Angels marvel that those who have so long had the light of truth are so slow in bearing it to the dark places of the earth. There are many calls from unworked fields. From many lands the call is sounding, Come over and help us. Shall we not do our part to make it possible to respond to these calls? Shall we not give freely of our means to plant the standard of truth in new territory? There are some who are doing their utmost to aid the work of missions; but there are many who seem indifferent to the claims that God makes upon them for unselfish service. Shall we not at this time study ways by which we can save for the cause of God? Much can be accomplished by small acts of self-denial. While our sisters should dress becomingly, they should, in their expenditure of means in this respect, seek to represent the simplicity of Christ. RH September 28, 1911, par. 10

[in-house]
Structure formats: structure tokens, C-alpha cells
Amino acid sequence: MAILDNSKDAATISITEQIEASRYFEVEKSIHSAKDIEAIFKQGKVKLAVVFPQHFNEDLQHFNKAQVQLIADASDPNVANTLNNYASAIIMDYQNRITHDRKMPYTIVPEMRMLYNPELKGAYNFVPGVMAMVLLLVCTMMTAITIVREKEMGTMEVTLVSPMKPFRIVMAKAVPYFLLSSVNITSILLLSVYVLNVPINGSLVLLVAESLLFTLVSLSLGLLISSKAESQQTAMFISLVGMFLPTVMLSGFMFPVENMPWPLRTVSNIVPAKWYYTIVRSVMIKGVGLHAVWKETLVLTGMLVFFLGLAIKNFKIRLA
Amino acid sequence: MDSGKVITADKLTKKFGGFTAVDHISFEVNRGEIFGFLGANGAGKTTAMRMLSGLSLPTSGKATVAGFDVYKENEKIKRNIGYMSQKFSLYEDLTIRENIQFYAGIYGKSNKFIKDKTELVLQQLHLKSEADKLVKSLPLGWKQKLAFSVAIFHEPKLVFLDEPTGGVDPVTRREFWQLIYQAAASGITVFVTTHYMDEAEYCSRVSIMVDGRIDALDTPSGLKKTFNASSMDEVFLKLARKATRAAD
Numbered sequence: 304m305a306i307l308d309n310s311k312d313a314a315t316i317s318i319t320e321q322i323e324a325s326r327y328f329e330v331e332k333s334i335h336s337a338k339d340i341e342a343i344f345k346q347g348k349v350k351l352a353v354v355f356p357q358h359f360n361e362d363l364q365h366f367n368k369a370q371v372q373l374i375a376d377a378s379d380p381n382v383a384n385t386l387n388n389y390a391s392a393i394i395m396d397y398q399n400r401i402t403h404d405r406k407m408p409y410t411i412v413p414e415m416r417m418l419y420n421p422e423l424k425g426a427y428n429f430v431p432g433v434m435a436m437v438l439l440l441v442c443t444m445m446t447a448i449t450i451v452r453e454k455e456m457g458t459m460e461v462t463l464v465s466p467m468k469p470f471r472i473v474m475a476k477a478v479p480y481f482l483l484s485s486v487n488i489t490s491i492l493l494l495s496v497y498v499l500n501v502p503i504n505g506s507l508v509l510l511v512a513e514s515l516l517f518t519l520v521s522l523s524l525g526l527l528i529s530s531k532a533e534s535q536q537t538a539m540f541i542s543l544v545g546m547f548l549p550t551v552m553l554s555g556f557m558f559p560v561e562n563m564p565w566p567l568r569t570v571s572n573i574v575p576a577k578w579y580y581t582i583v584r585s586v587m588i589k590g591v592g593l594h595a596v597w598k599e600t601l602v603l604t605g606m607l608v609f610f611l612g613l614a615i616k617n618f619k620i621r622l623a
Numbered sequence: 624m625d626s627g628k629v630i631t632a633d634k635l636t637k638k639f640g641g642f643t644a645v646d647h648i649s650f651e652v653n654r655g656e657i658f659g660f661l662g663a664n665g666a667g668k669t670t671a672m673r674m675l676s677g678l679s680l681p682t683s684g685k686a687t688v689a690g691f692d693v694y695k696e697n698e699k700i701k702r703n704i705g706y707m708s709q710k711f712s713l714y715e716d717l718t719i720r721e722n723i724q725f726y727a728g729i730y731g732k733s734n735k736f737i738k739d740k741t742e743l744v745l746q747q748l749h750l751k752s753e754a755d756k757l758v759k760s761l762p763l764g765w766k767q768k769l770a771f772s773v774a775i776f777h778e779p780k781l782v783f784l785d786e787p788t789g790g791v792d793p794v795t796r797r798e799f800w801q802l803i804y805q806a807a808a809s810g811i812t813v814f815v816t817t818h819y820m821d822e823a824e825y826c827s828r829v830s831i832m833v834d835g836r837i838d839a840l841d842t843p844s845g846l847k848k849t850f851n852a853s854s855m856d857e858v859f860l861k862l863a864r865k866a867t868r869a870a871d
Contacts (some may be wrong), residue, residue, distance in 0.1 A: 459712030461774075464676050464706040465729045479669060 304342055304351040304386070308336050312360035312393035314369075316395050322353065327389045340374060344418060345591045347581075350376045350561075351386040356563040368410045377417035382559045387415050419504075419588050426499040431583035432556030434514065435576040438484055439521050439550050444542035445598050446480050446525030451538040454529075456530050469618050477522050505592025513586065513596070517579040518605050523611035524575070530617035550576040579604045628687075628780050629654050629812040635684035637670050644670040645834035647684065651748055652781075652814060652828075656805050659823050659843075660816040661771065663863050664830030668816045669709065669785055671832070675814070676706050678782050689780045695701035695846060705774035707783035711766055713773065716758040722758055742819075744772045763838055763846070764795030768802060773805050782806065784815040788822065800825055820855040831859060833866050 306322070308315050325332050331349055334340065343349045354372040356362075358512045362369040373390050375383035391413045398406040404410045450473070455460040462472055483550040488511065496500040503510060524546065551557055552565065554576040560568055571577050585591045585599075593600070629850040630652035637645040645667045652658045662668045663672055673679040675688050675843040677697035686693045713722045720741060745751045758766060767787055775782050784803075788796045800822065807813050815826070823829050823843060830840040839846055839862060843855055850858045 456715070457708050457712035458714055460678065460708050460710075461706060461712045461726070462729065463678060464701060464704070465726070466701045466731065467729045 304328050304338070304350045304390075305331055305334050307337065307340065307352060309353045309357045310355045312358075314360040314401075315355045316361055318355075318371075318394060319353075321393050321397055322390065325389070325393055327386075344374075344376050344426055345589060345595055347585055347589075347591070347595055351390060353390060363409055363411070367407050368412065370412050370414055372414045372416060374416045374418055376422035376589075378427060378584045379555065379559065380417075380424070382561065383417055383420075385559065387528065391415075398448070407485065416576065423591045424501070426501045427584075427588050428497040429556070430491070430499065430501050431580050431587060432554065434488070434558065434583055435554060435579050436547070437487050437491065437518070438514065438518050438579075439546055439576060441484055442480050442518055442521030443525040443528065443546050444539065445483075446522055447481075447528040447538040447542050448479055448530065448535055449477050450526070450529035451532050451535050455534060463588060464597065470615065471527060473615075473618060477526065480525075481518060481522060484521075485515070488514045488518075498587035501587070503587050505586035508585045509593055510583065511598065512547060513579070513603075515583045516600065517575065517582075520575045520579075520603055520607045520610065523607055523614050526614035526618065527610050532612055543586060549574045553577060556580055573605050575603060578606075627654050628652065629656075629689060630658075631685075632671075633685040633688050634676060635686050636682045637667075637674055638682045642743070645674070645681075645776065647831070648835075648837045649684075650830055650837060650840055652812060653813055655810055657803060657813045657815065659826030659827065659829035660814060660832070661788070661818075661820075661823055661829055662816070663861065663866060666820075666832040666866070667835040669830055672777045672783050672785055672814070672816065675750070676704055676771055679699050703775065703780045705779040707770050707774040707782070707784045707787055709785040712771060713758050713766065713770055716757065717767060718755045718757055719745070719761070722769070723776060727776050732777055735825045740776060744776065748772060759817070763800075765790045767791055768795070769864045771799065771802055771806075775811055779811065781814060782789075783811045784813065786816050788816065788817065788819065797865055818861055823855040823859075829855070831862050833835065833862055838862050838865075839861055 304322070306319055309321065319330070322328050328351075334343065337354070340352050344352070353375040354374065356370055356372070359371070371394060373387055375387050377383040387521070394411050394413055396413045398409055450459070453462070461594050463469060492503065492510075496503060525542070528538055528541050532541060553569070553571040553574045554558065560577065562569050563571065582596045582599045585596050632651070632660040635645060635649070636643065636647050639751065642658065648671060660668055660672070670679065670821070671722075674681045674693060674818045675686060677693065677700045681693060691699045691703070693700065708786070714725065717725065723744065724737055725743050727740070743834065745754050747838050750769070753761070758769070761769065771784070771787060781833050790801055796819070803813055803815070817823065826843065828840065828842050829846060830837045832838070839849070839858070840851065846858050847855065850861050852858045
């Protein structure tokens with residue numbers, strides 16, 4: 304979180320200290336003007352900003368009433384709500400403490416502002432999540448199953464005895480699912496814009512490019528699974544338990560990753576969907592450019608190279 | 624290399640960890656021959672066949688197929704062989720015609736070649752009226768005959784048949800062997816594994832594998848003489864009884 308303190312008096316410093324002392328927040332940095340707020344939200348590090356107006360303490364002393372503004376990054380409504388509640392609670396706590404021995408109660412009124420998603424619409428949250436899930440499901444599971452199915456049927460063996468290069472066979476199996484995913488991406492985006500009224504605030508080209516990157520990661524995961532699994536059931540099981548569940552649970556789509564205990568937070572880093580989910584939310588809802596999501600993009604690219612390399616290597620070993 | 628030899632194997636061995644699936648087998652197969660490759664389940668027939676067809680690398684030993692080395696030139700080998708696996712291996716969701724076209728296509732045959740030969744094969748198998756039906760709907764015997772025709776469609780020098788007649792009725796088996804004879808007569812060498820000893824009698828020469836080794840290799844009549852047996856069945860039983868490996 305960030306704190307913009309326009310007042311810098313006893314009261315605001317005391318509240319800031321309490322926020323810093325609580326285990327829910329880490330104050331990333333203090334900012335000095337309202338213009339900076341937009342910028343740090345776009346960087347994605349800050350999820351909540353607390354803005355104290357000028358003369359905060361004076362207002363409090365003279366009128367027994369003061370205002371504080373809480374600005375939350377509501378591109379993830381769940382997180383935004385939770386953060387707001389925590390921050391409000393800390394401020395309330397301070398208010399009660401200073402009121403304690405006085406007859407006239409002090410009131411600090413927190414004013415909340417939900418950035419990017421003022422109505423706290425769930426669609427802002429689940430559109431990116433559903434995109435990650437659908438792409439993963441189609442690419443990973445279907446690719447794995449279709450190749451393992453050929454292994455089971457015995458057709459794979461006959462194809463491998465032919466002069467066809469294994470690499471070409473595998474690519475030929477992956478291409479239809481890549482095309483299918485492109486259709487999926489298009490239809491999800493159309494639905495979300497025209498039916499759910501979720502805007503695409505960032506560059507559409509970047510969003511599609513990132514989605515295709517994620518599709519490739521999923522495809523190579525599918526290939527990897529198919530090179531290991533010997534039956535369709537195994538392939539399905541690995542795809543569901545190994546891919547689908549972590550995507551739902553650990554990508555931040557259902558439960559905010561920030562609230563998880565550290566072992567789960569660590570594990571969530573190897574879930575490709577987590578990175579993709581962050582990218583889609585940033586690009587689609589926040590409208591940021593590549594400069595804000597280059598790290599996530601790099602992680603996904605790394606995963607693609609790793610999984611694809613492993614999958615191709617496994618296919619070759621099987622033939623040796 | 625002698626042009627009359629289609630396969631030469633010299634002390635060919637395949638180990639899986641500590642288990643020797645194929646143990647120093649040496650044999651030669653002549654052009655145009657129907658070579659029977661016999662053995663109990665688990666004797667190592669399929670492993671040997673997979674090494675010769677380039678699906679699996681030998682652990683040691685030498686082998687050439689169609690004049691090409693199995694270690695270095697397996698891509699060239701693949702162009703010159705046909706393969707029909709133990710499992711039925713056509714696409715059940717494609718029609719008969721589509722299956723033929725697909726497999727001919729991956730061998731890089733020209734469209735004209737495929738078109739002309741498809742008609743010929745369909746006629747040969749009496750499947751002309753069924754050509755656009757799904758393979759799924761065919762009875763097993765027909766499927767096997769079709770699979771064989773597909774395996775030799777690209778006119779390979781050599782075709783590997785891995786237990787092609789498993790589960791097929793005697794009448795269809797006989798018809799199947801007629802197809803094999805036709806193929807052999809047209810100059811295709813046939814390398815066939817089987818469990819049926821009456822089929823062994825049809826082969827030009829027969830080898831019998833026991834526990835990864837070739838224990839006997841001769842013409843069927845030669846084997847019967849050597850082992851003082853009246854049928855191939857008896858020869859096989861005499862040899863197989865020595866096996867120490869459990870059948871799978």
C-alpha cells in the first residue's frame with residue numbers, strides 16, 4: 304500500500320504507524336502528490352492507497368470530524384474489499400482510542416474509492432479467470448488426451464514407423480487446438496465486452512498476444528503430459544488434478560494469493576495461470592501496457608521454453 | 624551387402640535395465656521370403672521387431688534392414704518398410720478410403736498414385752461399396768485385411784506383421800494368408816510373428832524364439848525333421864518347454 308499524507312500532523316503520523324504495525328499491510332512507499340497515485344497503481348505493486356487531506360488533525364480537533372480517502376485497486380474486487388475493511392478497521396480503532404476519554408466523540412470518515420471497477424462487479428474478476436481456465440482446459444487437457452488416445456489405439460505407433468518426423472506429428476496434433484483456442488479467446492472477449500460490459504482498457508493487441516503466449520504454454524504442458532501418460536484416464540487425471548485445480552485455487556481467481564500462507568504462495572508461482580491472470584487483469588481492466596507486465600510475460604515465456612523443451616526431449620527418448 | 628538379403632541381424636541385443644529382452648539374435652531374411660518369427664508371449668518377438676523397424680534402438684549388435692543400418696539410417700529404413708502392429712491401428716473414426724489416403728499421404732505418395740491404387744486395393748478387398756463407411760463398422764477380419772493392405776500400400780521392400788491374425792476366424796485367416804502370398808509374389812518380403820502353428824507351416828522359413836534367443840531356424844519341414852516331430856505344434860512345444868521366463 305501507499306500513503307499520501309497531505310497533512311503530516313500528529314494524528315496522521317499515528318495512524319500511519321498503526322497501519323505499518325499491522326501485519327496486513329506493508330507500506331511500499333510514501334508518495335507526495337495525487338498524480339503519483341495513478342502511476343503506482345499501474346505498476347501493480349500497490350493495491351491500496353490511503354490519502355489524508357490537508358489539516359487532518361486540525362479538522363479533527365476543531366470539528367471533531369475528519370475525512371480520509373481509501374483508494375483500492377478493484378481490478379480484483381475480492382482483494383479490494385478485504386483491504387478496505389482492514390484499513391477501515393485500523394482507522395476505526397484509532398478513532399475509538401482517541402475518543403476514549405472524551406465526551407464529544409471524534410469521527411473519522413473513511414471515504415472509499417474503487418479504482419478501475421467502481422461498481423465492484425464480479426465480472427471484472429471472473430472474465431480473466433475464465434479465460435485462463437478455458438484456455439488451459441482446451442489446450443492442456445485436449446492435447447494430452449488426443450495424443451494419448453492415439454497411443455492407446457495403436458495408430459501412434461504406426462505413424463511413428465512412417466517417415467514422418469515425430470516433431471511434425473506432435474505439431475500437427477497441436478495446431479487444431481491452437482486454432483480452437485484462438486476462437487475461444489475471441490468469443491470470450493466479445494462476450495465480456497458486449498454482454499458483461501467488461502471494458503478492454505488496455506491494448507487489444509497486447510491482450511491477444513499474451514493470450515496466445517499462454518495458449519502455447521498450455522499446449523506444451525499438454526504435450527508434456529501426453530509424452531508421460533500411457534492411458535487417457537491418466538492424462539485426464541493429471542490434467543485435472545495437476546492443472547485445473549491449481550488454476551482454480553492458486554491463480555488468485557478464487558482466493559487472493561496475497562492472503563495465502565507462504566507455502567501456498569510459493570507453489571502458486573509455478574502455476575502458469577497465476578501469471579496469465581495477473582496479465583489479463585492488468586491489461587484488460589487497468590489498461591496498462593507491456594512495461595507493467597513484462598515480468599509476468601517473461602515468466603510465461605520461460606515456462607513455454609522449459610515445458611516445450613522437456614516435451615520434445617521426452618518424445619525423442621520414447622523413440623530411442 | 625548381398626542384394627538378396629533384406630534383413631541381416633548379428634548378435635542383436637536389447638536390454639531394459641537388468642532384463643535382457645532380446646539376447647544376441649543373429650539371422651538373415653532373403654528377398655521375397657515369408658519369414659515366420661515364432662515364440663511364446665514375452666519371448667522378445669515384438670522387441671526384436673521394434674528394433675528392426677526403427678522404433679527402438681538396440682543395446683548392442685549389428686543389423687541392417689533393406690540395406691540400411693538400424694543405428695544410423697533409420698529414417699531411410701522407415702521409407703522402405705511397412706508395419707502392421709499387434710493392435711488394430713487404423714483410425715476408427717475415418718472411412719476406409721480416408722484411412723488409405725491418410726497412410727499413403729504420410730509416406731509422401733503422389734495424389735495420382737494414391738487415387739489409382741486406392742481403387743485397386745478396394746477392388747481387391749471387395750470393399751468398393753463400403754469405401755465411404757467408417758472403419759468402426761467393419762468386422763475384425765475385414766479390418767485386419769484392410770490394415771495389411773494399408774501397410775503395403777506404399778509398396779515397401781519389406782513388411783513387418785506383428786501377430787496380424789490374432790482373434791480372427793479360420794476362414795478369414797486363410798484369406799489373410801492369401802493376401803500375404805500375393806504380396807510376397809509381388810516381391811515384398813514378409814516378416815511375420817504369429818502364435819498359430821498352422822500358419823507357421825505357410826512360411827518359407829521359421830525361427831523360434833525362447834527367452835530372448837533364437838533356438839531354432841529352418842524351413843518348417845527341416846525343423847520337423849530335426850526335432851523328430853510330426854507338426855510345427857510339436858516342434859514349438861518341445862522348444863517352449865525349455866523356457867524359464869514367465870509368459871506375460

Let every unnecessary expense be avoided. Bring the tithes into the storehouse, and let free-will offerings be made. In this way those who can not go as missionaries to foreign lands may act their part toward saving many who are perishing in the darkness of heathenism. When men and women are truly converted, they will not only be willing, but anxious to have a part in the saving of the lost. RH September 28, 1911, par. 11

Christ's life on earth was an object-lesson of the spirit that must possess those who would be faithful stewards of the grace of Christ. He traveled long distances that he might give temporal and spiritual blessings to those who needed both. He supplied the physical and spiritual needs of the multitudes who followed him. It is our privilege to unite with Christ in his work of mercy and benevolence. The weary and heavy laden are to be relieved by the message of truth. All who will humble their hearts before him and be converted, the Lord will use in his great purpose of salvation. RH September 28, 1911, par. 12